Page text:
My girlfriend fears snakes and I find it amusing. I tried to provide her the comfort but everything backfired.

Fear is something that has affected all of us at some point in life, and for many it continues to play a big role. We fear many different things, from things and ideas to even people that we encounter day to day. If you allow it, fear can take over your life, not just mentally but also physically. However, many people choose to live in fear of certain things and people nevertheless, as if they’re unaware of the significance fear holds regarding personal growth.

Here are four things we often overlook when addressing fear.

1. Fear doesn’t have to be permanent

It may seem as if the things and/or people we fear are just small things that are okay as long as they remain “out of sight, out of mind”, but we shouldn’t make a habit of just allowing our fears to keep a permanent residency in our lives. Settling for the thought that fears will always exist is self defeating.

Understand that you don’t have to remain afraid of things just because. That fear is remaining a permanent resident simply because you haven’t decided that you’re ready to serve an eviction. The beautiful thing about fear is that it doesn’t have to be permanent unless you allow it to be.

2. Fear often works as a disease

Like diseases in your body, fear has the potential to cripple your personal growth and keep you from being your best self. You wouldn’t ignore a disease that is taking over your body, and it’s important to avoid ignoring fears that are hindering your progress in life. Both have the potential to spiral out of control, limiting us in many ways.

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The best way to deal with fear is to first admit the fear exists, as we would have to come to terms with a diagnosis of a disease, in order to even begin seeking treatment or change. Addressing the fears you may have is the only way to overcome them.

3. Fear is often disguised as disinterest

Some of the very things we always claim we simply don’t want to engage in are really things we actually fear. It’s easy to decline anything that makes us uncomfortable, justifying it with simple disinterest. The truth is that often the disinterest often stems from thoughts of not being good enough, being ridiculed, or being afraid to get hurt. If you refrain from anything due to those types of feelings, you are acting out of fear of that very thing.

That’s not to say that it’s always a bad thing. There are some healthy fears we have that actually work to keep us as safe as possible and making smart decisions. However it’s important to not allow yourself to continue to disguise fears that hinder your growth as lack of interest.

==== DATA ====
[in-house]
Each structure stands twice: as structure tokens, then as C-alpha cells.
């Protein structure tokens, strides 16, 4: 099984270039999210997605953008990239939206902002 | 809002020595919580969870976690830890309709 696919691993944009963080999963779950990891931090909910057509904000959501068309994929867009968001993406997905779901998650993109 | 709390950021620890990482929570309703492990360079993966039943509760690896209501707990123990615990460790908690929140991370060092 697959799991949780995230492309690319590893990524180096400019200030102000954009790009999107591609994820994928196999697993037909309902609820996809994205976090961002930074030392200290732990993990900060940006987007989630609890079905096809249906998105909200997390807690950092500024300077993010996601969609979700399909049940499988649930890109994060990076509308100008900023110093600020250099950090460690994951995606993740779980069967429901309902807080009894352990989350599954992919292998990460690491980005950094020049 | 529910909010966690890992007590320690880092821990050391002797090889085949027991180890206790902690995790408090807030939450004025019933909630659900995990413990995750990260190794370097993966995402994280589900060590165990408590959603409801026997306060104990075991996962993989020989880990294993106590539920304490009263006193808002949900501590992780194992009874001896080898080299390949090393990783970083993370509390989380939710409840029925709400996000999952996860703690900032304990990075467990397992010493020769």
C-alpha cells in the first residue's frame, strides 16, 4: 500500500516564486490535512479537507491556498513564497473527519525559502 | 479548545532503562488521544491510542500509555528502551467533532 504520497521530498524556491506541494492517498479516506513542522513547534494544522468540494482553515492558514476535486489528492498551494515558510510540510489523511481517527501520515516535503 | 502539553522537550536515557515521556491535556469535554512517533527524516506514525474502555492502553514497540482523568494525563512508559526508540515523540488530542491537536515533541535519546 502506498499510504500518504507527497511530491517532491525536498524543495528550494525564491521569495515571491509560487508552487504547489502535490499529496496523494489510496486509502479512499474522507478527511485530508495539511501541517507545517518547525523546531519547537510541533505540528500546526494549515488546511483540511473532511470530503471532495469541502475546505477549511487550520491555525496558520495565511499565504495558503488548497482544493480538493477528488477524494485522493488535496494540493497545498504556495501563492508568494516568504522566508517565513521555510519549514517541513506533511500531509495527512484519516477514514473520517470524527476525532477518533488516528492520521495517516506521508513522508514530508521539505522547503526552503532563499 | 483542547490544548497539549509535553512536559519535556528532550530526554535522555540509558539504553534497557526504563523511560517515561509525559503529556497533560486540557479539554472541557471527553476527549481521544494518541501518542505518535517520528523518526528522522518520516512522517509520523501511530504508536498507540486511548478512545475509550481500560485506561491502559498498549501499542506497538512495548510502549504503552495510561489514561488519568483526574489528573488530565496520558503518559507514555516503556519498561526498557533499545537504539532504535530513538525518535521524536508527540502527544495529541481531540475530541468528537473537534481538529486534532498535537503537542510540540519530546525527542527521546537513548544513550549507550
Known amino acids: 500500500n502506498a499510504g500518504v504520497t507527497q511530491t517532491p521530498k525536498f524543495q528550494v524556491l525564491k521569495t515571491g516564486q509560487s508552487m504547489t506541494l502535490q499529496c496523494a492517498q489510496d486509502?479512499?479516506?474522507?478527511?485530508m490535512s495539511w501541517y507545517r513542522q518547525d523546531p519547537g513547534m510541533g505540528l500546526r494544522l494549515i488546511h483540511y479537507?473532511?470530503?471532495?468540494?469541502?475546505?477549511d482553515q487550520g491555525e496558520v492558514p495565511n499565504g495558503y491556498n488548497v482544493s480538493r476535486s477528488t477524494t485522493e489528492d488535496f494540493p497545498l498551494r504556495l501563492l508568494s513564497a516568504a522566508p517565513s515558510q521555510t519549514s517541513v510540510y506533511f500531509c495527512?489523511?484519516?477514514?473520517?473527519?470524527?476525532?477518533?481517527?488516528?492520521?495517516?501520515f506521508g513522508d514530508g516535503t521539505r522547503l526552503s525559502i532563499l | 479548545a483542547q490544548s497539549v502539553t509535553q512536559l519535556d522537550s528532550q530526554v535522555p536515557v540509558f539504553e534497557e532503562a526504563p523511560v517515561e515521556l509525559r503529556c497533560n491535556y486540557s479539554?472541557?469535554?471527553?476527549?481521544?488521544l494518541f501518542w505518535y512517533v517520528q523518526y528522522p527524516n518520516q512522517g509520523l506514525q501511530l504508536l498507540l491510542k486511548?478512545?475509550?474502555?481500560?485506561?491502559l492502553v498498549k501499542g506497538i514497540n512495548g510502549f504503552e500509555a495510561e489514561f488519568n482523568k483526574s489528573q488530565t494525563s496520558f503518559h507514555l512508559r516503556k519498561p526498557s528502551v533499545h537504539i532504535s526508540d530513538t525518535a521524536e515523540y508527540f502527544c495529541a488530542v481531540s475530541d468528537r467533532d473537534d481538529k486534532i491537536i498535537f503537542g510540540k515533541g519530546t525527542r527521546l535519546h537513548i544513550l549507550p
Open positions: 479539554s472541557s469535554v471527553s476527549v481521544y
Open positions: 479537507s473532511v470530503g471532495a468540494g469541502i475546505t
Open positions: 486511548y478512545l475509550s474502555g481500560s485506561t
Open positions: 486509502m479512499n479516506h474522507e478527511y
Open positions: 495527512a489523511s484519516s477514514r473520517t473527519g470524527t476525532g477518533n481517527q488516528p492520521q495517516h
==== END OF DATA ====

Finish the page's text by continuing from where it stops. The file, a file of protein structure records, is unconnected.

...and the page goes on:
4. Fear is a comfort zone

The things and people we fear might be things we constantly try to avoid, but it doesn’t change the truth. That truth is that fear is usually a comfort zone and mindset we have created for ourselves in order to avoid stepping out of our safety nets and confronting that which may make us feel uncomfortable.

Don’t get me wrong. This doesn’t make the things we fear any less scary. It doesn’t make your reasoning for being afraid of these things or people any less justifiable. This truth is just stating that the mindset created out of the fear often serves as a comfort zone we are not willing to step out of.

Being your best self is impossible when you continue to live in comfort zones, because progress simply does not live there. No amount of substantial growth in your life can happen without you agreeing to take steps towards overcoming things that have instilled fear in your heart and mind.

It’s important to understand the role your fears play in your life, and how they affect you both directly and indirectly. Once you understand this, you can begin to understand how these same fears may be hindering you from your ultimate potential.  It’s time to stop overlooking the details in your life that are crippling you from achieving your best life.

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Nikhil Chandwani is the Founder and Editor in Chief of NYK DAILY. He is an author of 13 books which are translated in six languages, a TED speaker and Chairman of Writers' Rescue Centre. He is also a Visiting Professor with leading B-Schools.

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